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Indybay FeatureRelated Categories: Central Valley | North Coast | U.S. | Environment & Forest Defense
Lawsuit Launched to Protect Birds, Other Wildlife From Harmful Agricultural Pesticides Used on National Wildlife Refuges
PORTLAND, Ore., March 23, 2017 — The Center for Biological Diversity sued the U.S. Fish and Wildlife Service today to end use of agricultural pesticides known to harm people and wildlife on the Tule Lake and Lower Klamath national wildlife refuges. In adopting a comprehensive conservation plan to guide management of the refuges over the next 15 years, the Service failed to consider alternatives that would reduce or eliminate use of toxic pesticides. As a result the agency prioritized commercial agricultural interests over wildlife and birds, including the secretive yellow rail and majestic tundra swan that rely on the habitat in the refuges.
“On wildlife refuges, wildlife must come first, but the Service has refused to take reasonable steps to reduce pesticide use on refuge land leased to grow crops,” said Stephanie Parent, a senior attorney at the Center. “In refusing to consider common-sense measures like prohibiting use of insecticides highly toxic to bees, butterflies, fish and birds, the agency left us no choice but to sue to protect these creatures.”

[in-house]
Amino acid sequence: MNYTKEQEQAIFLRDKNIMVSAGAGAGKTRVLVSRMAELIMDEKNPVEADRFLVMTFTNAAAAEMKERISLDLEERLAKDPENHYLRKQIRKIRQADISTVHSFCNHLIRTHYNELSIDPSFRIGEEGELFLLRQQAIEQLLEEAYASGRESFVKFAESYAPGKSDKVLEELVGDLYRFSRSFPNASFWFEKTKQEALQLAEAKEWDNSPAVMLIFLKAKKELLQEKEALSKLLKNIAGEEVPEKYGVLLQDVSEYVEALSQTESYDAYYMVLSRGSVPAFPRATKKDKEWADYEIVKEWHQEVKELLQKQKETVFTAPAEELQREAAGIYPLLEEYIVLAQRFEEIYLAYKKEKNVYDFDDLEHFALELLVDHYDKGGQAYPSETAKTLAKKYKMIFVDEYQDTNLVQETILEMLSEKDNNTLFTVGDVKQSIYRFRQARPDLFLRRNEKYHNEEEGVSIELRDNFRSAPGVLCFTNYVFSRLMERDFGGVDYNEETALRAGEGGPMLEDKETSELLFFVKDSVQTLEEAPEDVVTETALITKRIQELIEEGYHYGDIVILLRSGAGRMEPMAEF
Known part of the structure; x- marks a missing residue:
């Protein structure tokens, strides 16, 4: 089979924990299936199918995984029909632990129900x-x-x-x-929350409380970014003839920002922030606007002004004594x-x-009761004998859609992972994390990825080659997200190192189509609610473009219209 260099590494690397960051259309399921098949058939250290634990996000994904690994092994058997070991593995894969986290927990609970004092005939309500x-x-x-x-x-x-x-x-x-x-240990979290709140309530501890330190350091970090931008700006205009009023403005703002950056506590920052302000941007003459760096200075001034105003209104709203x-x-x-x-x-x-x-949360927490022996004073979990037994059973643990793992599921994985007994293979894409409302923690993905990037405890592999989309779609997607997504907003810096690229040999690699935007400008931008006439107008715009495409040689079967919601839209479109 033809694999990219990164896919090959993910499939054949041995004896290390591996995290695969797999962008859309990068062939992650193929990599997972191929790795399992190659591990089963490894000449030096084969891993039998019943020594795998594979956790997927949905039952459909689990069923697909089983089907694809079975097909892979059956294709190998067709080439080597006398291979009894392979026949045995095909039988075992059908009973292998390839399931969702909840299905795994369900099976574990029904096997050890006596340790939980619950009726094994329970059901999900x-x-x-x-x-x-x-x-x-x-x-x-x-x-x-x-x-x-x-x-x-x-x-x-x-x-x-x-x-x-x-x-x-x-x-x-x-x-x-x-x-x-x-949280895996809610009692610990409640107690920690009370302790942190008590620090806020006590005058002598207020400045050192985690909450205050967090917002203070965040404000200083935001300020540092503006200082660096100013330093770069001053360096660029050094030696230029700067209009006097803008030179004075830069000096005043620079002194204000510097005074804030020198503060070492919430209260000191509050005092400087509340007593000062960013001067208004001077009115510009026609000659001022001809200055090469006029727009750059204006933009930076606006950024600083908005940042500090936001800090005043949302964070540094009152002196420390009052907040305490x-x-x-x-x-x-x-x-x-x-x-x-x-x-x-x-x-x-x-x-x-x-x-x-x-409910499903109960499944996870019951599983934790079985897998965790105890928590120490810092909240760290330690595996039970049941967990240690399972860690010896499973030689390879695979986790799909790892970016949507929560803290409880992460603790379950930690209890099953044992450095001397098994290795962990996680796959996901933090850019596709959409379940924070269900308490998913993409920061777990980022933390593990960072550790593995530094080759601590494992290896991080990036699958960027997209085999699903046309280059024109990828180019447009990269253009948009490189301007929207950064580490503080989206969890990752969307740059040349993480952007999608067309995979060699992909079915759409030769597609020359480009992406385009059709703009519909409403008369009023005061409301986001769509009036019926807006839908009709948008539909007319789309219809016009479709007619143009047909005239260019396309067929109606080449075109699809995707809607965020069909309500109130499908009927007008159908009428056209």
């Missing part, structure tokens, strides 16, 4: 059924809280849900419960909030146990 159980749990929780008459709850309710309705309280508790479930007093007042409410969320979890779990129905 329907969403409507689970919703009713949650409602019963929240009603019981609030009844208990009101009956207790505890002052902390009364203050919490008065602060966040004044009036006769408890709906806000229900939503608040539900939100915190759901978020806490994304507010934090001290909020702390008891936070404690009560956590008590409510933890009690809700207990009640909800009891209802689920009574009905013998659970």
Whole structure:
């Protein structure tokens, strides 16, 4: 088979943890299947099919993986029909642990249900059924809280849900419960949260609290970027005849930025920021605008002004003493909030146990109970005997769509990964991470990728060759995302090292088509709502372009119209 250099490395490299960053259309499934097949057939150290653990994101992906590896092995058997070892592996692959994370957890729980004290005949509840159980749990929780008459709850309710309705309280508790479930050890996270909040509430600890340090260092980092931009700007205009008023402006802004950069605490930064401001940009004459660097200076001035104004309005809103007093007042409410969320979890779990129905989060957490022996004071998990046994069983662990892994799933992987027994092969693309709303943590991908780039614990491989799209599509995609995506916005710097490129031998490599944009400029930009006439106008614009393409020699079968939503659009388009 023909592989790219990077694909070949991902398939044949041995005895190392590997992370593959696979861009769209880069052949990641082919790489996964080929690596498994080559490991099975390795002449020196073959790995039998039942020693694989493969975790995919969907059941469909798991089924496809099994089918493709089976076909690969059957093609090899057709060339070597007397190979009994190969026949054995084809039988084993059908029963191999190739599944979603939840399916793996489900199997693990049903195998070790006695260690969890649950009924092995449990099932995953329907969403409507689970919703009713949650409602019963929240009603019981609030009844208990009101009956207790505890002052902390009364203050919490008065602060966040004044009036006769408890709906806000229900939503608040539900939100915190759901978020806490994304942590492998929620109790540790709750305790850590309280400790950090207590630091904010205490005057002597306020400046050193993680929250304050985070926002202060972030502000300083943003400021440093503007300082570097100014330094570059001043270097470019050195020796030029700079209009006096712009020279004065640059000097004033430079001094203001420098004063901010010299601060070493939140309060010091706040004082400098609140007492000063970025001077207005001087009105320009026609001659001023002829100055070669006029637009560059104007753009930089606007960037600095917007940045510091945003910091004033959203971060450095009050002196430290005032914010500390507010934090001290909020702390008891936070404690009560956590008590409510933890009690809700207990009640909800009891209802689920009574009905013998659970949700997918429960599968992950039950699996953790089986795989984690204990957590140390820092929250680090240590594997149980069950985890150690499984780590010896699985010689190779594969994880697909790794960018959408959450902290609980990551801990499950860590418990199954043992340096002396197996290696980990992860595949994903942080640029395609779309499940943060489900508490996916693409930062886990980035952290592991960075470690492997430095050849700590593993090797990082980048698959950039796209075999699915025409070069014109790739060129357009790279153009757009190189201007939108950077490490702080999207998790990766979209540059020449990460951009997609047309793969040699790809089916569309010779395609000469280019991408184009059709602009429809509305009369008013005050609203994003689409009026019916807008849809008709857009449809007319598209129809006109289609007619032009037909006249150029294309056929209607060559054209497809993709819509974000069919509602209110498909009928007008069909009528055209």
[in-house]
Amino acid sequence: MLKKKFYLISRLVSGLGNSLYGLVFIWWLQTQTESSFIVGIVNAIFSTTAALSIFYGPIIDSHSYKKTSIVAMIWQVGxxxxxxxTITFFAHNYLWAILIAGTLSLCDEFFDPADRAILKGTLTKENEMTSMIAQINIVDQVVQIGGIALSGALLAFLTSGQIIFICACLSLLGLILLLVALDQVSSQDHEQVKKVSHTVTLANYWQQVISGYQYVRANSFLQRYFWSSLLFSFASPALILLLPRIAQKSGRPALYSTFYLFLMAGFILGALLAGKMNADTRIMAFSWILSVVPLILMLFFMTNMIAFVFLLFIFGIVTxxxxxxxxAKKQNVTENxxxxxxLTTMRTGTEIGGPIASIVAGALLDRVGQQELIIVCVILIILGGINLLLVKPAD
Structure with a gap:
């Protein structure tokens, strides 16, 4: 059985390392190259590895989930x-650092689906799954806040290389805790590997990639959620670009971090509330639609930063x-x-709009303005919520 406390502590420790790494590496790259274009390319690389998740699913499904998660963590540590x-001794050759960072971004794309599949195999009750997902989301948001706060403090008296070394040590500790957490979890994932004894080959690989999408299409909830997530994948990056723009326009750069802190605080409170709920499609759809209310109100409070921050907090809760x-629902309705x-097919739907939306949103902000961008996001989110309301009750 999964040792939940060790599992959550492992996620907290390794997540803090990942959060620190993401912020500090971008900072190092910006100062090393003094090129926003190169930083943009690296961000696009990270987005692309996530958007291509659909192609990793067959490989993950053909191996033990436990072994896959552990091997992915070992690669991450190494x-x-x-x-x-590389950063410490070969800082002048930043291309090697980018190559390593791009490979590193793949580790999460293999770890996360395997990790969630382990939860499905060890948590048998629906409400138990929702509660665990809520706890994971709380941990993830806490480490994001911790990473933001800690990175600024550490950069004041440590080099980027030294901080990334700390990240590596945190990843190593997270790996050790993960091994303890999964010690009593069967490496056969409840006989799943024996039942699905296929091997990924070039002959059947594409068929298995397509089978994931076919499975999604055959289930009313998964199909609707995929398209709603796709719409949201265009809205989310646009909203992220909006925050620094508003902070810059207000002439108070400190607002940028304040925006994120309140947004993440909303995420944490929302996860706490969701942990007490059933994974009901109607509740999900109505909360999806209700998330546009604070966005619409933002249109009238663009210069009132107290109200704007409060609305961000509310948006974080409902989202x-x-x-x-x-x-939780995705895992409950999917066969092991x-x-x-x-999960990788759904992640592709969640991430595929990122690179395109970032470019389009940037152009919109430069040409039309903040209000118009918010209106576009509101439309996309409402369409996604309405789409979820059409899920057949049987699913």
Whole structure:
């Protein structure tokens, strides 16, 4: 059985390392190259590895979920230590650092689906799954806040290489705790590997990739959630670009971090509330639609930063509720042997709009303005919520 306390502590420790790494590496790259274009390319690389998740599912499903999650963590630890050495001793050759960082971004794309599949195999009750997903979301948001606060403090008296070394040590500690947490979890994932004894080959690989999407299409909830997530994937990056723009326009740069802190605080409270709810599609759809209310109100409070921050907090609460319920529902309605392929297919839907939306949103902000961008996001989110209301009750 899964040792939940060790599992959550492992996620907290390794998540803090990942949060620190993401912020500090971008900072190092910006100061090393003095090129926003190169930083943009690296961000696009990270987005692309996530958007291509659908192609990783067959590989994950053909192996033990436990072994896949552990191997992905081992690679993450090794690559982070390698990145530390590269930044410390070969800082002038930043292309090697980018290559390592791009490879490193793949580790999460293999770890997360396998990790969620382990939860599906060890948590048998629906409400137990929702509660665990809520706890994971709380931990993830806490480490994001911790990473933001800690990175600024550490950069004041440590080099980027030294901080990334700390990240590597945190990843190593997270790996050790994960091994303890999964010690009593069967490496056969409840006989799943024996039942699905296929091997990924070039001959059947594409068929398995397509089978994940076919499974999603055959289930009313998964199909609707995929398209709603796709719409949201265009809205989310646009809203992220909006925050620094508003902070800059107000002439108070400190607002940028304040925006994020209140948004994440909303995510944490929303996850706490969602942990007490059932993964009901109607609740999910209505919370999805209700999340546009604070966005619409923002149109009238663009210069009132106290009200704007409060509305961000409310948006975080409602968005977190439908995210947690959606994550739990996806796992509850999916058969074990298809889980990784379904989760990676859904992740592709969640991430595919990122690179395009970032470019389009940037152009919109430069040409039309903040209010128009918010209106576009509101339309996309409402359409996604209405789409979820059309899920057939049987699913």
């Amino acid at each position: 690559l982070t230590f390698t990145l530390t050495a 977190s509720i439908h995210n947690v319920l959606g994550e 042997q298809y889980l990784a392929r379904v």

The Service must ensure that economic uses of the wildlife refuges are compatible with the primary purposes of preserves and breeding grounds for birds, waterfowl management and wildlife conservation. Yet the Service’s conservation plan continues to allow the lease of up to 22,000 acres of land to produce crops like potatoes, onions and grains, which are drenched with insecticides, fungicides and herbicides.
“It’s an outrage that the Service would allow our wildlife refuges to be doused with toxic pesticides by commercial agricultural interests,” said Parent. “Some farmers on these refuges successfully grow their crops organically, demonstrating there‘s no need to allow toxic pesticide use in these special places.”
The Service reached its decision without disclosing or evaluating critical information about the harmful effects of pesticide use in the environmental impact statement for the plan. Instead the Service relied on a pesticide-use proposal process that is not open to the public. Pesticides can be very highly toxic, mobile and persistent in the environment, and the Service is obligated to disclose and carefully consider the effects of those approved for use on the refuges before adopting a comprehensive conservation plan.
The Center’s lawsuit asserts that the Service has violated the National Wildlife Refuge System Administration Act and the National Environmental Policy Act. The organization is asking the court to set aside the plan and to require the Service to fully disclose and consider the harmful effects of the pesticides and carefully assess whether use of pesticides for commercial crops is compatible with the wildlife purposes of the refuges.
Photo: Lower Klamath National Wildlife Refuge. (Photo courtesy USFWS)
The Center for Biological Diversity is a national, nonprofit conservation organization with more than 1.2 million members and online activists dedicated to the protection of endangered species and wild places.
Center for Biological Diversity
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